"When you see the spectacular images and the incredible scientific discoveries that Hubble has led to, you have to say that Senator Mikulski was absolutely critical to making that happen," said Christopher Scolese, the center director at Goddard. "She's been the rock of the space program for years."

Born in 1936 to Polish-American grocers, Mikulski attended Catholic schools, and briefly considered becoming a nun. She went into a social work instead and rose to local prominence in the 1960s by helping to create the Southeast Community Organization to prevent the extension of Interstate 70 through Fells Point, at a time when highways were considered more important than neighborhood cohesion.

In 1971, she won a seat on the Baltimore City Council, where colleagues say she appropriated the brass spittoon that came with her desk — another relic of the old boys' network — and used it to plant a geranium.

When then-Rep. Paul Sarbanes moved to the Senate in 1976, Mikulski won the election for his House seat. A decade later, when Republican Sen. Charles McC. Mathias retired, she beat Republican Linda Chavez to begin her Senate tenure.

During the campaign, Chavez described Mikulski as an "anti-male feminist."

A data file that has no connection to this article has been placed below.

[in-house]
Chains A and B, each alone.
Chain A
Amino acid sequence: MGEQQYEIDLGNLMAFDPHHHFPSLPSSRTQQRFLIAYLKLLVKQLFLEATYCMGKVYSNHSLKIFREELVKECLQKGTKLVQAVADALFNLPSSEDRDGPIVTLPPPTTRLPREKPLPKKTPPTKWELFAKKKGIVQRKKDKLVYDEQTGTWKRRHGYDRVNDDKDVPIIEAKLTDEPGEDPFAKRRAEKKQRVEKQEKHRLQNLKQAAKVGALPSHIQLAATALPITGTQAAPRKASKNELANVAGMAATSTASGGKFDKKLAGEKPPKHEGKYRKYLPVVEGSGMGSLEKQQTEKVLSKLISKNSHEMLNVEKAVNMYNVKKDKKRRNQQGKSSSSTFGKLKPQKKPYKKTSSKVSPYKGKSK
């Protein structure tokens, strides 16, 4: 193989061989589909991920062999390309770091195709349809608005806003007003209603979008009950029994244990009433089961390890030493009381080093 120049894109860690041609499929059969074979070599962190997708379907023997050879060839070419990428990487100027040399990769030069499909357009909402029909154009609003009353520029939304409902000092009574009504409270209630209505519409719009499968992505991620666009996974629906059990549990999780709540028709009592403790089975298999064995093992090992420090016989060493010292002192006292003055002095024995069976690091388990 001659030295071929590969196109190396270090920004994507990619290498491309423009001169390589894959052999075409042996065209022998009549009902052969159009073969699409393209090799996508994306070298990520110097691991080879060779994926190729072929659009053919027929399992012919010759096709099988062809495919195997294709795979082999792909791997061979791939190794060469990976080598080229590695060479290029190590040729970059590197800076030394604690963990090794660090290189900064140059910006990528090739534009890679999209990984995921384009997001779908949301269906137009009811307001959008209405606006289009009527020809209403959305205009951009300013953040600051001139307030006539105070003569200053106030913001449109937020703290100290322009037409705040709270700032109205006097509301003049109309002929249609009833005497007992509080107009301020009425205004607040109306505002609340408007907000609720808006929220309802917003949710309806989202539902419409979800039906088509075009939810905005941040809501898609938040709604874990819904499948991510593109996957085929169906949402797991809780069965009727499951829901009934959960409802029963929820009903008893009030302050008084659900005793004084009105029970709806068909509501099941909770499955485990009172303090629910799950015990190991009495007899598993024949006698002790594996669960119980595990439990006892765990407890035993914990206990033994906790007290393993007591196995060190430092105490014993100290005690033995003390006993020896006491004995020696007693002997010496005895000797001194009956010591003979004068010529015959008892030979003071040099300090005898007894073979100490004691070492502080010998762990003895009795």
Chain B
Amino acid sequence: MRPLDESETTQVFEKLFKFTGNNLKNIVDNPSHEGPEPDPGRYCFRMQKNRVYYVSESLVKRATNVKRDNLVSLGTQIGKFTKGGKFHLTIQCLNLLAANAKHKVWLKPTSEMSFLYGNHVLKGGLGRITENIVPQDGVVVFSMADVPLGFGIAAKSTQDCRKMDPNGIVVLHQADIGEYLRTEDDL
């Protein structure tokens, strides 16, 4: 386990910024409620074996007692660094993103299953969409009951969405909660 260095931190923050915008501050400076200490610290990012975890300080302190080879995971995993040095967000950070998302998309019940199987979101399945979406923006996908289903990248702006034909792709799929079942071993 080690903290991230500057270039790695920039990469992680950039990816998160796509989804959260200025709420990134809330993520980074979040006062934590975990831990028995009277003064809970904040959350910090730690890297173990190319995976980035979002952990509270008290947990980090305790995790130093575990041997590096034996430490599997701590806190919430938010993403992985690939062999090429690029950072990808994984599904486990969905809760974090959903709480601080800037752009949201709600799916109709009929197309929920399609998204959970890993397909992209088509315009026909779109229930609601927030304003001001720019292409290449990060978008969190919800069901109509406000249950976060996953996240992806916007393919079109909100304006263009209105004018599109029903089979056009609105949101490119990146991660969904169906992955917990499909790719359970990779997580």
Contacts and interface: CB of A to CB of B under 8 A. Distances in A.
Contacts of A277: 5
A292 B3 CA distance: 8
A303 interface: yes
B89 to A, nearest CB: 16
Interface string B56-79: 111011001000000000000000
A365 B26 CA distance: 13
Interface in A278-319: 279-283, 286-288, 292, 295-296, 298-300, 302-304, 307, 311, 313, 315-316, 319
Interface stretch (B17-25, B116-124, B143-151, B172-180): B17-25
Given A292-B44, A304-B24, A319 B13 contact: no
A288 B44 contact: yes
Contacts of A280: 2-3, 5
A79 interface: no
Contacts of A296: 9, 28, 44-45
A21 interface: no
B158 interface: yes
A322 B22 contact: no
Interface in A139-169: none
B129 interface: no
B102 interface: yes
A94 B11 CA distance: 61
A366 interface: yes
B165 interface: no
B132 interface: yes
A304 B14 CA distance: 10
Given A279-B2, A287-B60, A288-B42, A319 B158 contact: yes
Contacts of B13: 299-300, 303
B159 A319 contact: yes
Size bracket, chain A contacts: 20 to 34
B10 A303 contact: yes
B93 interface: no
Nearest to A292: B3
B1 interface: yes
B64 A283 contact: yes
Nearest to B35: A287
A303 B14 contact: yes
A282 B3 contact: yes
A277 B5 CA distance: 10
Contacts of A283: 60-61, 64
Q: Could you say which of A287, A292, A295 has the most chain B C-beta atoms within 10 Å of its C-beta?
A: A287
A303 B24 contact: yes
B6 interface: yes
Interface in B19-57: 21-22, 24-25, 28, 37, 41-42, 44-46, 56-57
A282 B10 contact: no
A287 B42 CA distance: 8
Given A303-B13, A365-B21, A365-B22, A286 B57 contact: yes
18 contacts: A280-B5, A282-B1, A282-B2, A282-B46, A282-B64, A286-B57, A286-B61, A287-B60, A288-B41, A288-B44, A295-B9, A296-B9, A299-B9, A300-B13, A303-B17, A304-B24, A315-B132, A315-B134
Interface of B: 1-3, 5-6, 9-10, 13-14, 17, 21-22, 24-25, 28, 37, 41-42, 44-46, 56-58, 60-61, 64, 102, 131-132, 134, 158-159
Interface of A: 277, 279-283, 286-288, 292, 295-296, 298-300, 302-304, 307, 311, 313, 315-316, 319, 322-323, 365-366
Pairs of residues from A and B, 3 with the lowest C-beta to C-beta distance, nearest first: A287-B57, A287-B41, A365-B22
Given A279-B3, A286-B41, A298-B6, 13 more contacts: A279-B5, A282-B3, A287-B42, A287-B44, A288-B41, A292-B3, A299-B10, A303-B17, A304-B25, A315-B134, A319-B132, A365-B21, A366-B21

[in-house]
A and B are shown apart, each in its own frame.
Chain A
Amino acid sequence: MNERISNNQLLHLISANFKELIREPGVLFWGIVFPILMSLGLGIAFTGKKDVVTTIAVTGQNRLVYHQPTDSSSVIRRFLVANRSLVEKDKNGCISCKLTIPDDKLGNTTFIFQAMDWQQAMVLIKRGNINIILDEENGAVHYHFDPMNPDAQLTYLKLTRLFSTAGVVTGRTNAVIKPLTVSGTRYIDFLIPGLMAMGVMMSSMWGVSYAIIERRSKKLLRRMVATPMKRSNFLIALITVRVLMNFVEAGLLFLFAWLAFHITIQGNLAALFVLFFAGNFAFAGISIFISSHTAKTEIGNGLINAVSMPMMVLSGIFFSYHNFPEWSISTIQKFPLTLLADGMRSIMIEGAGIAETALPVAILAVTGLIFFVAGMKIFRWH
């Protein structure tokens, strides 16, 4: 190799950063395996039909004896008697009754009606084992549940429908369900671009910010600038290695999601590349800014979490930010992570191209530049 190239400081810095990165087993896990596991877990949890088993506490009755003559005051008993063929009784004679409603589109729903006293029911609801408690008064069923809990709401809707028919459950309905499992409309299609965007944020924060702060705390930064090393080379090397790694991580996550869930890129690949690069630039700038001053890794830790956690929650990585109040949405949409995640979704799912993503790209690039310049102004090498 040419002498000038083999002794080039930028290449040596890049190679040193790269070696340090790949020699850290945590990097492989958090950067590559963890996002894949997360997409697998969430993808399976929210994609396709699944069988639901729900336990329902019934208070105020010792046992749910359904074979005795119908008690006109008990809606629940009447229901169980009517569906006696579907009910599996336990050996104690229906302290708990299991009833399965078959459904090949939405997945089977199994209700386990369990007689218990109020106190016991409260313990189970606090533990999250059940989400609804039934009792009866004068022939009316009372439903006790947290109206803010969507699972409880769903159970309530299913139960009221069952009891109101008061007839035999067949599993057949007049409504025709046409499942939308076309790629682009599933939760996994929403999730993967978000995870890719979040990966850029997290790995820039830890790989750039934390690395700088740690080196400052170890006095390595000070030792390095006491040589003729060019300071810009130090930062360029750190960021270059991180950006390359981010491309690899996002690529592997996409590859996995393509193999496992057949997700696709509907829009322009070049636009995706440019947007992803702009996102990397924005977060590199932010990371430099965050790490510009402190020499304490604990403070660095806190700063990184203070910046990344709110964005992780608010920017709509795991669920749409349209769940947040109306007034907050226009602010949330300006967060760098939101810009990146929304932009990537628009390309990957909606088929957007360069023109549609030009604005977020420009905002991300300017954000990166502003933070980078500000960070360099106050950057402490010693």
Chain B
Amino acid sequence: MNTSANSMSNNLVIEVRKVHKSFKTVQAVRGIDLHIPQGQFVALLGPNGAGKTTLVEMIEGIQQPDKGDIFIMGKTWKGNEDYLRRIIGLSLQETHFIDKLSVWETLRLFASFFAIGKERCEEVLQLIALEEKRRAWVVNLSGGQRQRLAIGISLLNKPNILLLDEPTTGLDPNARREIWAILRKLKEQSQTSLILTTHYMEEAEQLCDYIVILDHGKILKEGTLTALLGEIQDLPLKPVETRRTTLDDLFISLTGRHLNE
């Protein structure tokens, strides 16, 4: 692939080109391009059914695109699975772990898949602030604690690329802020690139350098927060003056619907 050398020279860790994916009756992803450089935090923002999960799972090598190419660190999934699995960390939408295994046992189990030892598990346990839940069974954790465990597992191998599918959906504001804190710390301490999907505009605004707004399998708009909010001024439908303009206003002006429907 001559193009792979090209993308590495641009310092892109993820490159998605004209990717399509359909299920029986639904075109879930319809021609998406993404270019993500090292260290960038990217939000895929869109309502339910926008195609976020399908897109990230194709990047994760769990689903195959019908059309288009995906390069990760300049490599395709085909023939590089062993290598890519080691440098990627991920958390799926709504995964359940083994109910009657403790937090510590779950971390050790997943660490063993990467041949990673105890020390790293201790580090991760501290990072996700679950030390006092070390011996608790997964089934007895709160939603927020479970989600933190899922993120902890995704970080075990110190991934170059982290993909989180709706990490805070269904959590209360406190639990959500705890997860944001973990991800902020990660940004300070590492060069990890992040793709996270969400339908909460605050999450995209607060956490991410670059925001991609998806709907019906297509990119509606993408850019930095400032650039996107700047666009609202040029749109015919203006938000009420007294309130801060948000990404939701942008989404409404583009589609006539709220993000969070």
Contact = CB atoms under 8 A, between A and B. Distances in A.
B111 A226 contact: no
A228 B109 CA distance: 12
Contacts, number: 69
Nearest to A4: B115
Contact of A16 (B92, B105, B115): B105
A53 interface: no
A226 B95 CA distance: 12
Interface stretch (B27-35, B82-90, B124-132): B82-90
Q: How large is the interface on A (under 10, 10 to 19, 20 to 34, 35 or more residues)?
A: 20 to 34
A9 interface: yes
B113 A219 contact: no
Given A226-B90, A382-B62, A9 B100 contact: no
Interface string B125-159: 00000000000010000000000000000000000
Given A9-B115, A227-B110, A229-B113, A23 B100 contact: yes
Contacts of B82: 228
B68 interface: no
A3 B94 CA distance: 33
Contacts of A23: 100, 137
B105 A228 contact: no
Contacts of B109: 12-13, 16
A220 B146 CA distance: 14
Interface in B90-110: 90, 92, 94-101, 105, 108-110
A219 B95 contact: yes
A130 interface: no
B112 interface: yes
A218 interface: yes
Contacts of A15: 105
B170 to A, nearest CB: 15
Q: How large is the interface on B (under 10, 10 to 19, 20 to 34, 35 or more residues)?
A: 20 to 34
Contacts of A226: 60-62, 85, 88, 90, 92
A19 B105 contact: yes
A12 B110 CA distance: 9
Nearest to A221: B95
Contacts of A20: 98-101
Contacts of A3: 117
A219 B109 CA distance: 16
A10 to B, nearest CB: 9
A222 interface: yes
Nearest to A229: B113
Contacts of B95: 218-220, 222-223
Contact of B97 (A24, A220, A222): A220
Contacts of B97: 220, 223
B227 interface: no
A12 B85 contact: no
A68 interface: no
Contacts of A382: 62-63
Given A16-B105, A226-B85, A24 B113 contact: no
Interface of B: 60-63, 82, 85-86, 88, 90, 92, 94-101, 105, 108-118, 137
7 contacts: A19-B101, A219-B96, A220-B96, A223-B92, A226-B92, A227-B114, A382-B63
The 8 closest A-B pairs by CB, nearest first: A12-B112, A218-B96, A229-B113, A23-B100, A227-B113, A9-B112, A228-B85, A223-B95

When Mikulski took her seat, there was only one other woman in the Senate — and no women's restroom.

With her wisecracking, trademark one-liners, Mikulski managed to bond with her mostly male colleagues.

Senate Minority Leader Harry Reid, who also entered the Senate in 1987 and is retiring next month, recalled a gathering of the freshman class.

"At that reception, we were all asked to say a few words," the Nevada Democrat said recently on the Senate floor. "Barbara stood up and said this about the campaign opponent who she had just beat: 'I may be short, but it sure wasn't hard for me to slam-dunk Linda Chavez.'

"It's safe to say that with that quip, Barbara immediately hit it off with all the members of our Senate class."

When the new Senate is sworn in next month, it will include a record 21 women senators — some of whom Mikulski has helped to elect. There is also now a women's restroom.

As the longest-serving woman in Congress, Mikulski organized private dinners with women senators of both parties. She campaigned with Democratic women in their home states and helped them to raise money. She also brought incoming and veteran women senators together for a meeting in her Capitol hideaway at the start of each new Congress.